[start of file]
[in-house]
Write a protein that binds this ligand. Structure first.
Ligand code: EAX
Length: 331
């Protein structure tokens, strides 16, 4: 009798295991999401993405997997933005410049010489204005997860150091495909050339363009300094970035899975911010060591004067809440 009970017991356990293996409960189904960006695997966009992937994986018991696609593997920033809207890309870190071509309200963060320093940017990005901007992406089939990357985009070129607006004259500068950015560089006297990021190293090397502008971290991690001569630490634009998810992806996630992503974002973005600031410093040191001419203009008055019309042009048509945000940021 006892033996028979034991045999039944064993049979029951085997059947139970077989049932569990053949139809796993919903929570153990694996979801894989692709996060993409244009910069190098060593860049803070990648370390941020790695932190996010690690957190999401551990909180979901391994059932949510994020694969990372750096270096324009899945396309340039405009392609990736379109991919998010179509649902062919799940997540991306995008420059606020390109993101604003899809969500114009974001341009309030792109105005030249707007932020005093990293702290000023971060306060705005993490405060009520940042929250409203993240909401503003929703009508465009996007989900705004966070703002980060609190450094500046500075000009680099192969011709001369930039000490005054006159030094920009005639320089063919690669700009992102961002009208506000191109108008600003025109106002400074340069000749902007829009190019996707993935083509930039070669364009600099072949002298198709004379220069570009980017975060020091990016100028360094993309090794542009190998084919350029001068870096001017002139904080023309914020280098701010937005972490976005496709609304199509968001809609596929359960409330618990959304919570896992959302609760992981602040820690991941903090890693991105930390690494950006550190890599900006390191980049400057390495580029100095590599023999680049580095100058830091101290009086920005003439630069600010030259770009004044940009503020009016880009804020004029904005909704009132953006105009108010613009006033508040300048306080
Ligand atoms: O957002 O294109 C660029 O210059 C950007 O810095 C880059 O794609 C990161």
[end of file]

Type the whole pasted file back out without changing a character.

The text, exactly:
[in-house]
Write a protein that binds this ligand. Structure first.
Ligand code: EAX
Length: 331
């Protein structure tokens, strides 16, 4: 009798295991999401993405997997933005410049010489204005997860150091495909050339363009300094970035899975911010060591004067809440 009970017991356990293996409960189904960006695997966009992937994986018991696609593997920033809207890309870190071509309200963060320093940017990005901007992406089939990357985009070129607006004259500068950015560089006297990021190293090397502008971290991690001569630490634009998810992806996630992503974002973005600031410093040191001419203009008055019309042009048509945000940021 006892033996028979034991045999039944064993049979029951085997059947139970077989049932569990053949139809796993919903929570153990694996979801894989692709996060993409244009910069190098060593860049803070990648370390941020790695932190996010690690957190999401551990909180979901391994059932949510994020694969990372750096270096324009899945396309340039405009392609990736379109991919998010179509649902062919799940997540991306995008420059606020390109993101604003899809969500114009974001341009309030792109105005030249707007932020005093990293702290000023971060306060705005993490405060009520940042929250409203993240909401503003929703009508465009996007989900705004966070703002980060609190450094500046500075000009680099192969011709001369930039000490005054006159030094920009005639320089063919690669700009992102961002009208506000191109108008600003025109106002400074340069000749902007829009190019996707993935083509930039070669364009600099072949002298198709004379220069570009980017975060020091990016100028360094993309090794542009190998084919350029001068870096001017002139904080023309914020280098701010937005972490976005496709609304199509968001809609596929359960409330618990959304919570896992959302609760992981602040820690991941903090890693991105930390690494950006550190890599900006390191980049400057390495580029100095590599023999680049580095100058830091101290009086920005003439630069600010030259770009004044940009503020009016880009804020004029904005909704009132953006105009108010613009006033508040300048306080
Ligand atoms: O957002 O294109 C660029 O210059 C950007 O810095 C880059 O794609 C990161």